www.miamiherald.com...
STAFF AT A MIAMI-DADE PRISON TORMENTED, ABUSED MENTALLY ILL INMATES, FORMER WORKER SAYS

"But it's complicated because there's the freedom of will issue. Does someone have the right to be a bum? Do they have a right to be homeless if they so choose to live that type of lifestyle?"

(There will always be homeless. Some people just don't want the responsibility of a structured life. Some are mentally ill or war veterans with PTSD, who don't/won't take their medication. Some people are runaways from horrifying home situations with constant abuse, and can't trust anyone. Others are sane and smart, but prefer living-off-the-grid for whatever reasons. These hardcore homeless may take handouts of food, and maybe shelter in bad weather conditions, but otherwise refuse repeated offers of help from social agencies who seek them out.

(The homeless families or people living on the street due to a cascade of "bad breaks" not of their own making, are the ones most open to help from social agencies. No one's "giving them everything," just three-hots-and-a-cot as the saying goes. With addiction counseling and help getting work - or at least onto Disability or Social Security rolls - they are grateful to get off the streets and into a semblance of a normal life again.)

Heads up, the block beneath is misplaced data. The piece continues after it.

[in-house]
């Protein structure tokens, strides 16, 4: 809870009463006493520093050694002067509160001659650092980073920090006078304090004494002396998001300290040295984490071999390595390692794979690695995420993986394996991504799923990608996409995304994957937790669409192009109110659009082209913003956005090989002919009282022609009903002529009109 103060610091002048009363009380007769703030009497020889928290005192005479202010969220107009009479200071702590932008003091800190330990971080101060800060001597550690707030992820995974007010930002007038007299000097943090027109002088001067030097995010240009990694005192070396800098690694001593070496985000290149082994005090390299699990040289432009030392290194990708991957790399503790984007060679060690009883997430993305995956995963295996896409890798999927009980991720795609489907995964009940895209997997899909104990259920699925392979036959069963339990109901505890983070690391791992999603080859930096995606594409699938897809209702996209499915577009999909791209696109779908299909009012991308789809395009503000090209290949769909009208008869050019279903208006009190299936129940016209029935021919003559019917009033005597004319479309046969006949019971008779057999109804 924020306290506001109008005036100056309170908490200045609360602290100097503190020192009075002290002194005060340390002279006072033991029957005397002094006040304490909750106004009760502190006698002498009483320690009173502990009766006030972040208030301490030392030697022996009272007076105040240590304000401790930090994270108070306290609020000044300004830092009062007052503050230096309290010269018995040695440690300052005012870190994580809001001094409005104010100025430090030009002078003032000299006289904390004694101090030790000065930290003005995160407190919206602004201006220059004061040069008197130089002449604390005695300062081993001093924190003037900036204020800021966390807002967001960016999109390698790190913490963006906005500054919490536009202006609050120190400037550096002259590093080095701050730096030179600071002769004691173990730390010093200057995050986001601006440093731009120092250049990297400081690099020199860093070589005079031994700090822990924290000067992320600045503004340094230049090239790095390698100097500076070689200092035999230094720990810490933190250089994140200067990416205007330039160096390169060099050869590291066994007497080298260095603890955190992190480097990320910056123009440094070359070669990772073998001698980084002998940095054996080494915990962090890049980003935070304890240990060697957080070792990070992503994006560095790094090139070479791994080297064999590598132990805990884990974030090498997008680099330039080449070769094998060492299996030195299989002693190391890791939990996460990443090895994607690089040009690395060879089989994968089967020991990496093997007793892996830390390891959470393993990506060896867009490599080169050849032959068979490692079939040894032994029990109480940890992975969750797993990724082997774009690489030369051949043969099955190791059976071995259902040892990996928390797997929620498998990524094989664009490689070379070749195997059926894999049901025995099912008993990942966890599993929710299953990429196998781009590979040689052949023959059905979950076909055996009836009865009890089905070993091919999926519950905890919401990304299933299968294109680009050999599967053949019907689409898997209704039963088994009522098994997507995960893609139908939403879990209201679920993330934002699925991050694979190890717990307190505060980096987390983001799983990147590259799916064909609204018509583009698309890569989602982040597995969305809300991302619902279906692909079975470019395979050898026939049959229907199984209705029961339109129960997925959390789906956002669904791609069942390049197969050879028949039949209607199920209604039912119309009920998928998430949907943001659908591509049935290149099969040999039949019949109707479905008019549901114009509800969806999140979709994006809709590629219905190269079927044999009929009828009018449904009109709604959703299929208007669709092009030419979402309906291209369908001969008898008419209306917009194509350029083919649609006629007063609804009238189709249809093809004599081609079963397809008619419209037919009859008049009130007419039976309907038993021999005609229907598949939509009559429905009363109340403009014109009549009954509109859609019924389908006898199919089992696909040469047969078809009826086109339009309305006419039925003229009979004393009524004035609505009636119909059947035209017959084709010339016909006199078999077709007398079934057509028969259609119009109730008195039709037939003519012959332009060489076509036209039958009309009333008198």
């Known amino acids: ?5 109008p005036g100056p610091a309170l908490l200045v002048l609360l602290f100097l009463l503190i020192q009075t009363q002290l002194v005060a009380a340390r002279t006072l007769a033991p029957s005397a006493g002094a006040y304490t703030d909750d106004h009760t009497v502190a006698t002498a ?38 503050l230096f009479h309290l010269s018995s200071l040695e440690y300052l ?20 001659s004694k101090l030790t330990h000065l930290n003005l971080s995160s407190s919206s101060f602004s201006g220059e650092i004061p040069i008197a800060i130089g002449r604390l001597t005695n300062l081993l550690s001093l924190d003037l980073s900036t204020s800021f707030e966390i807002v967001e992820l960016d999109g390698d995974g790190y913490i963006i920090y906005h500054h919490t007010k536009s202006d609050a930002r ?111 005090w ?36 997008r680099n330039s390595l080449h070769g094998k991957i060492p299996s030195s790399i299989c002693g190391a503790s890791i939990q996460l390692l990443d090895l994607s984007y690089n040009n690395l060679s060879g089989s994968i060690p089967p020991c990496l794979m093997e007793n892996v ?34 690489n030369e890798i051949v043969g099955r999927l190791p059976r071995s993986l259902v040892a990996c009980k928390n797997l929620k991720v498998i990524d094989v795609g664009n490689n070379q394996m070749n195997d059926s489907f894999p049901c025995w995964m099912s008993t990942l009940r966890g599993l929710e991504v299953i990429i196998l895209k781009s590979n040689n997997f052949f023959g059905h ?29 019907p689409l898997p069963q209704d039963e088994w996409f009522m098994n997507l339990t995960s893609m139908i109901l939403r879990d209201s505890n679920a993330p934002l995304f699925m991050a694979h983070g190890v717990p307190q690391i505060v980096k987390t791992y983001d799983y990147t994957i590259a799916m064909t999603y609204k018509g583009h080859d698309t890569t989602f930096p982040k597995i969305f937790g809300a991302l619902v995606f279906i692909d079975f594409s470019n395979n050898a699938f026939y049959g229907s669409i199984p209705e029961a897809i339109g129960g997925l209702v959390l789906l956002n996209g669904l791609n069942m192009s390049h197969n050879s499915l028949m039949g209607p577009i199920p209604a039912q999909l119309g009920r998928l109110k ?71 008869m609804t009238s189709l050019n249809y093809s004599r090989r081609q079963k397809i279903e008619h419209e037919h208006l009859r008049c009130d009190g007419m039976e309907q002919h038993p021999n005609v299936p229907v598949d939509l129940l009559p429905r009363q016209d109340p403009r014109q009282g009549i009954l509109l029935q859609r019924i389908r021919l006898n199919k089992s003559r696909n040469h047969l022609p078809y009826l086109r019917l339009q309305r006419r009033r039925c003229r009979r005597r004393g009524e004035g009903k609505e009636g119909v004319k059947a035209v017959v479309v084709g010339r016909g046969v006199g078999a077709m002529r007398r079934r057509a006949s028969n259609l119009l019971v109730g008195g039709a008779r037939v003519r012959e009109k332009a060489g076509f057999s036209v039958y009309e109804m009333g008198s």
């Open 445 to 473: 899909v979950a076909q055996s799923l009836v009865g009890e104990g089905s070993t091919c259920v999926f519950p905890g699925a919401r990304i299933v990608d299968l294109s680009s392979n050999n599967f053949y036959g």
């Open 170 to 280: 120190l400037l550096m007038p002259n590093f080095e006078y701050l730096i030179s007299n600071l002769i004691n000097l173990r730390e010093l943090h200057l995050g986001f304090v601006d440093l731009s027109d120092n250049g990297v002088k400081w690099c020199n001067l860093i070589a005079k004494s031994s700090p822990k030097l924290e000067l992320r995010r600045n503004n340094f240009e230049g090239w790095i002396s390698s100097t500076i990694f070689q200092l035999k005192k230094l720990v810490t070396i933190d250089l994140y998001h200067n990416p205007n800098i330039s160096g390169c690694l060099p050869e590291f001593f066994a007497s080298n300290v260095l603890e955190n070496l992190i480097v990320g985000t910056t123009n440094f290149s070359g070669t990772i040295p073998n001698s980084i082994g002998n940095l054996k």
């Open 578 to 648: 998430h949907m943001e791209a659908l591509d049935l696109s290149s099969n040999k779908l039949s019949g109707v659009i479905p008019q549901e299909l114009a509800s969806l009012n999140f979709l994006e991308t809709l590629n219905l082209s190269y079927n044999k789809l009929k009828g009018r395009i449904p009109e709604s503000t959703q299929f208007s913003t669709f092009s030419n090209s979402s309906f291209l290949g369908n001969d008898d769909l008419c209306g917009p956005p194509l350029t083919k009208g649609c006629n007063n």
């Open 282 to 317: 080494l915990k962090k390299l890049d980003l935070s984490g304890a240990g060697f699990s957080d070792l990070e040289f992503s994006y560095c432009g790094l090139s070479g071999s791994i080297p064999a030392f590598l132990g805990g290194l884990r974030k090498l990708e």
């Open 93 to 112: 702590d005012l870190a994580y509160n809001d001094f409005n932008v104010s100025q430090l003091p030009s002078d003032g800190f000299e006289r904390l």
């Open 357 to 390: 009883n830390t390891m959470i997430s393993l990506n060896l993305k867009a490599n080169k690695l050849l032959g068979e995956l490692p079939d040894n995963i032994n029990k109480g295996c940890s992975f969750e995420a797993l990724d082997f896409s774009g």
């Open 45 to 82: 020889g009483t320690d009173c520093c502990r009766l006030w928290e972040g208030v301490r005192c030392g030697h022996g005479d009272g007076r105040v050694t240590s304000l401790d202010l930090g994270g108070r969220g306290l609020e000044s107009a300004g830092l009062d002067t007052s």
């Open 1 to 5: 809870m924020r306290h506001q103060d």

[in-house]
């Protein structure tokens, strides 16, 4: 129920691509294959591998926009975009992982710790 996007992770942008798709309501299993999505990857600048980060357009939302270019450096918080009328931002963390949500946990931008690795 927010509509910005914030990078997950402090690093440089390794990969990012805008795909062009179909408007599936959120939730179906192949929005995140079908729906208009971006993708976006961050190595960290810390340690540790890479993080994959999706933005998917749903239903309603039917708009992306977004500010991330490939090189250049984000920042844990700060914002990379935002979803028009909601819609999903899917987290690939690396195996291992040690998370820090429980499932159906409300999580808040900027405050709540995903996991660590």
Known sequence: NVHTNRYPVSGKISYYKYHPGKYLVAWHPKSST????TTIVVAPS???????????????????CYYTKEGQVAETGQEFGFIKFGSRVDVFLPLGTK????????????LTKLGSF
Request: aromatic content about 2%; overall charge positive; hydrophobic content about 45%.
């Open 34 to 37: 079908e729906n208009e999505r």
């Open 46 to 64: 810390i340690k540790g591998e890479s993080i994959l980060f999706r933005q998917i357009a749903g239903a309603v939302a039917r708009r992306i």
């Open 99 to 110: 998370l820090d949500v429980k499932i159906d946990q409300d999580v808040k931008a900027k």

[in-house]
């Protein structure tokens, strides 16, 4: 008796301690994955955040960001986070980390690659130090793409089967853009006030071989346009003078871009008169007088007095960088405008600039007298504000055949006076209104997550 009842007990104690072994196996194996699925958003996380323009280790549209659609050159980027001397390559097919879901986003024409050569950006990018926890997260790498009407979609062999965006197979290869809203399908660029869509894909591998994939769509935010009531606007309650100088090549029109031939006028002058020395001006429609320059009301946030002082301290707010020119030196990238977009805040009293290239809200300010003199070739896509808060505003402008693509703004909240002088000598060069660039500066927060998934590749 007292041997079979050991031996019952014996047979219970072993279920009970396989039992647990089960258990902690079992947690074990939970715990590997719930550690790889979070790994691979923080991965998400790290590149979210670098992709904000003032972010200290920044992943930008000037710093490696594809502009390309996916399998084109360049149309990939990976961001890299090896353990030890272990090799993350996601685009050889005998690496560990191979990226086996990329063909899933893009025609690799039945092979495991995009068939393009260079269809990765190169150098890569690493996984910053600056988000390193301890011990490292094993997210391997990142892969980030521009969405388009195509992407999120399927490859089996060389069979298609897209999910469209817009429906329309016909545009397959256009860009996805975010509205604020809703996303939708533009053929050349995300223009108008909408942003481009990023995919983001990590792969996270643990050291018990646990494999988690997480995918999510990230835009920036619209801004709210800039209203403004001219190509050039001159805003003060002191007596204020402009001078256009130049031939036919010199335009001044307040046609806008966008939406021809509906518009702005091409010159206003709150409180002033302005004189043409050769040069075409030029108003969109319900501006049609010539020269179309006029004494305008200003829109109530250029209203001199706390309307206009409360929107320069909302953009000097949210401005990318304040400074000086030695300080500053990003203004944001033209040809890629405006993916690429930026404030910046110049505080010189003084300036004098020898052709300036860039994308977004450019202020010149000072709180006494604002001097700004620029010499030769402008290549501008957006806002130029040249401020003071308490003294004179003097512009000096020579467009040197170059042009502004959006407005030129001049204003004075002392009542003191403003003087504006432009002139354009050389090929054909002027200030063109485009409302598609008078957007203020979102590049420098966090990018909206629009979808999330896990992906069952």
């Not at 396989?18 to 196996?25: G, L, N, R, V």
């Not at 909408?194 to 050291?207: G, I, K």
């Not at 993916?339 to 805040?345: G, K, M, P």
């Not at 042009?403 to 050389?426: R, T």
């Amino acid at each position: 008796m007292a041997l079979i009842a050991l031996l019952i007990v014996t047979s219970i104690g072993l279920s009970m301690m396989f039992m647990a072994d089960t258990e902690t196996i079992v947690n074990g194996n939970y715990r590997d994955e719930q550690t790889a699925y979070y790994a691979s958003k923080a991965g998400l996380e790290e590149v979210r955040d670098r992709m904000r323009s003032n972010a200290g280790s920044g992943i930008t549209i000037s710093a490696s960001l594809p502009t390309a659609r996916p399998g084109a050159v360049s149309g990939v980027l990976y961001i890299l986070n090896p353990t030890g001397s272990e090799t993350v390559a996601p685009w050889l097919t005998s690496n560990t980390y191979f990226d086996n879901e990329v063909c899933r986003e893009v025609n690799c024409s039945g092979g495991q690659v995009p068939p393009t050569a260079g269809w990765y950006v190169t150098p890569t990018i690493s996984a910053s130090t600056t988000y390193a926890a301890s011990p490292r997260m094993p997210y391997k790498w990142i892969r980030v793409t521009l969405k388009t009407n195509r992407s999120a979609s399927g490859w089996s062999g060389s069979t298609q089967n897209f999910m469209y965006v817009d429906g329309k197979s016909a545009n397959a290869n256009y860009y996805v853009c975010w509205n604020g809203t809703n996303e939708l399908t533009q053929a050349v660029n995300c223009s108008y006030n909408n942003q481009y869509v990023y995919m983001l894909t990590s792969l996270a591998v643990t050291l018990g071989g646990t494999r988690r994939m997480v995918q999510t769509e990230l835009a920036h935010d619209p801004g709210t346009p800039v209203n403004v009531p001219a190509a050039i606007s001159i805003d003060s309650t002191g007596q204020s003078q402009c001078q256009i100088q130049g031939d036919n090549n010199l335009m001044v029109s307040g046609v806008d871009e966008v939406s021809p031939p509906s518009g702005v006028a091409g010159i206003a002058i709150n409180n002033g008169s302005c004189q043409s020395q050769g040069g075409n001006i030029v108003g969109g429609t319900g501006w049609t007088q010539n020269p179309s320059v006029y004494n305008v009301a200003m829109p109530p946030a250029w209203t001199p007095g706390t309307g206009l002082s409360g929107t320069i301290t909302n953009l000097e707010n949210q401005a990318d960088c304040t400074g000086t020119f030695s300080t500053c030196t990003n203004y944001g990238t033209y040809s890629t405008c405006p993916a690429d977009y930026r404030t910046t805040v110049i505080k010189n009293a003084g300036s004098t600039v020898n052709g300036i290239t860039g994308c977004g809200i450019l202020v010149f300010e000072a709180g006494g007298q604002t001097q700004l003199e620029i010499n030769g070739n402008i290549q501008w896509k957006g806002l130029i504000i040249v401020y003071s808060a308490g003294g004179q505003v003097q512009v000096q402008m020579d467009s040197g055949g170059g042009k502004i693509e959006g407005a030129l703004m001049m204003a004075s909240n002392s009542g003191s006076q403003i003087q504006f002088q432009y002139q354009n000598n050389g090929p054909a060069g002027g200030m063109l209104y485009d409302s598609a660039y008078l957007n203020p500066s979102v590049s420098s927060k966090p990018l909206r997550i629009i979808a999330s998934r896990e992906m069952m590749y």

edit on 10-10-2014 by MKMoniker because: add content, clarify



posted on Oct, 10 2014 @ 08:50 AM
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And how, exactly, do you classify a younger homeless population Denver is now grappling with, due to legalized recreational pot?

www.denverpost.com...
DENVER'S NEW HOMELESS ARE YOUNG POT-HEADS